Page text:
It’s been five years now since my mom died. I’m still writing about her and that great mystery beyond life as we know it. These poems are new and unpublished, but “Mother” will appear in the 2014 St. Paul Almanac.
FIVE YEARS LATER
I thought, anybody can write a poem and then I thought oh good, this opens it up, except does a poem come from any body? Or does it descend with a drop of rain and sink into the sodden earth and run off into the raging river?
I thought, that last must be a poem of anger. A poem of love resides in the body, resting comfortably on memory foam. A poem of love knows the holy. It touches the face of God, whose countenance is portrayed in the clouds.
I thought, why is God always up? That must be an optimistic poem. One that looks to the sun, on the bright side. I would write a poem, but I am not anybody, I am somebody, and my body has not always been my friend. When my mother was monitoring it, which she saw as her solemn duty, I wanted to fly on wings of poems to defy her vision of me, which I did. She never got to say goodbye.
I thought of an awful poem I might have written of her in the hospital after the operation, how the doctor had insisted, his gloved hands raised in supplication. The poem would include blood, too much blood to close the incision, so she lay there in her body with her stomach open for days and I don’t even know if they ever closed her up and I can’t even think of it five years later.
I thought of the silly things we did. Dancing to Harry Belafonte in the dining room. Smearing livid lipsticks from Avon. Taking the streetcar downtown to the Golden Rule to try on hats. Big brimmed hats, felt hats, straw hats, hats with veils and ridiculous feathers, bows and bands, hats that we tied under our chins, laughing until tears ran down our cheeks until I thought we’d bust a gut.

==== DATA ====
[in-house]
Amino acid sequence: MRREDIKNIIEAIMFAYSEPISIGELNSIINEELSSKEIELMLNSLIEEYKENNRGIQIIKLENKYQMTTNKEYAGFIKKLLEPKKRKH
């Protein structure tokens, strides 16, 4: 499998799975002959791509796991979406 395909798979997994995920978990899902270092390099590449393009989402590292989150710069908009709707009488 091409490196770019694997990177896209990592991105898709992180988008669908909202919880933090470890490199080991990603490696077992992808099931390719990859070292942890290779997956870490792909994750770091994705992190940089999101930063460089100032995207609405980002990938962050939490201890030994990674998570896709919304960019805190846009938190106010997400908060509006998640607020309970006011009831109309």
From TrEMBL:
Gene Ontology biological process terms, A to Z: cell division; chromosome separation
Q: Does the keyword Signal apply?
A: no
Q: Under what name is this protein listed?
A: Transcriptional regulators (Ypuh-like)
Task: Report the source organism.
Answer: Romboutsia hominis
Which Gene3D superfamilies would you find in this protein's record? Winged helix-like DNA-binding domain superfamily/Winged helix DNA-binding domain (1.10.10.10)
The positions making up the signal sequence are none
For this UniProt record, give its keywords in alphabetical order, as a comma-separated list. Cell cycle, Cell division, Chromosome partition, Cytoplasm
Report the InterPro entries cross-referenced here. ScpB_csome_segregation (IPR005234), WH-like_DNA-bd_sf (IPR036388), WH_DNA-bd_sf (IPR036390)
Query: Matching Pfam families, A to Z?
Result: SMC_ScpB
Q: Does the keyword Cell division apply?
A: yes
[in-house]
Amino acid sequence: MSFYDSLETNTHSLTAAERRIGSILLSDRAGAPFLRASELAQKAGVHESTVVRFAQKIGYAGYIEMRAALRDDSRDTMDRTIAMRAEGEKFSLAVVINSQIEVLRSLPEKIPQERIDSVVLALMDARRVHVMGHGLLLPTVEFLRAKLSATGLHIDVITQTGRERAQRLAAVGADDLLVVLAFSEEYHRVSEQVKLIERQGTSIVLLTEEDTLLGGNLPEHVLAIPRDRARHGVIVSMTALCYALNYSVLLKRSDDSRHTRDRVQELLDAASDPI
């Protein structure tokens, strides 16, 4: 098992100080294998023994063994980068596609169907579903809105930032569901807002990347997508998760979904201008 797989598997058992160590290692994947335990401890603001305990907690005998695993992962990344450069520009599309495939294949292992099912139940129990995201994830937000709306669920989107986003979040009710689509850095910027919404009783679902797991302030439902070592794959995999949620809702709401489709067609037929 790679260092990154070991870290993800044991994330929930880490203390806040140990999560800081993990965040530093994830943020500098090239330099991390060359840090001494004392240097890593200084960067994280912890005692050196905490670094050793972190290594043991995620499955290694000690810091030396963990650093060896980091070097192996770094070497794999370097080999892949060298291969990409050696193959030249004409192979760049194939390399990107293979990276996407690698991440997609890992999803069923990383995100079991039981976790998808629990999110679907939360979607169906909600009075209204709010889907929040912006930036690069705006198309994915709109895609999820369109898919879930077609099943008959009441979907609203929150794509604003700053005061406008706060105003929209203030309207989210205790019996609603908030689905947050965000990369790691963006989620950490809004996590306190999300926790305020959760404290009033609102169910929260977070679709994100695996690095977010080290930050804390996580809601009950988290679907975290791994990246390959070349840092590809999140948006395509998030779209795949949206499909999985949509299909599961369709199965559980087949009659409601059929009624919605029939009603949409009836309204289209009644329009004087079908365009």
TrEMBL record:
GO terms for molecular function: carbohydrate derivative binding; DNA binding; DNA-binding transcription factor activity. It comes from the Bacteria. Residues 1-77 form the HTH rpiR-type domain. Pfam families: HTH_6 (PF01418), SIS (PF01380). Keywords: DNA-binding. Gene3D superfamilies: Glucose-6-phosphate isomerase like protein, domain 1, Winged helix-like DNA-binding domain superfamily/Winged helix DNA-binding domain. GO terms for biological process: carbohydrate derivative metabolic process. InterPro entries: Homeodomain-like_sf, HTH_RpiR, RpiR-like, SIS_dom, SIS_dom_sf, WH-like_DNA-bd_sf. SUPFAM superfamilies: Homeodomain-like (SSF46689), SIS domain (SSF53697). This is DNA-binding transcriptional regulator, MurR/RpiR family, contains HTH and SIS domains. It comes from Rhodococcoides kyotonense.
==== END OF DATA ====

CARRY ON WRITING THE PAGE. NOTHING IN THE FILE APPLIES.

TO SAVE A LIFE
There is no way to save a life.
Preserve the taste of it in juice and pulp
in a bell jar with a lid and a ring,
like hazed mornings on school days
when each seed spiced something new.
Strain against the fencing.
Break out like seedlings that double
with the ambition of a field of weeds.
Grow something to be held within.
Something smooth and opaque that the sun
interprets as gemstone. Something red
as sunrise in the lush valley or glossy
lips in an old photograph.
Pick a time to be robust.
Anticipate a life to be savored
and saved to be
AND, IN THE END
“And, in the end the love you take is equal to the love you make.”
Being alive is so uncertain.
There is no way to be sure.
Not about today, not about tomorrow,
not about much of anything.
We know nothing more about anyone
else than we know about ourselves.
We think, we feel, we go on
to whatever it is we believe we are living.
The living part happens until the end,
which will happen to us all.
So, within the yardstick of time that is our measure,
within what might be called our soul, our spirit,
there is something for which there is
no other name, so we call it love.
Love is what moves us from darkness
to constellations. Love is what flows
from the flower, the sweet and the pungent.
All rhythm, love, a feather breeze, love,
an August eve, love, dream water, love,
blue music, love, like food.
And, from this side of being alive,
the love we give is the love
we are always a part of.
That tree, that particular
blade of grass,
that breathtaking beauty,
in grateful abundance.
She is waiting by the front door.
Her wings whir, invisible as the August breeze.
She hovers, almost motionless there,
held in place by air. The oaks are singing
tangled songs through serrated leaves,
asphalt appears liquid under the harsh
beat of the sun. The air is metallic.
I am just behind the screen,
standing as still as I can. I want
to take her in my cupped hands
and keep her with me. I want to feed her
tidbits of sugar and wafer, the holy
communion of our lives, our bodies
inside and outside of our souls,
hopelessly connected, two full moons,
circling each other in endless flight. .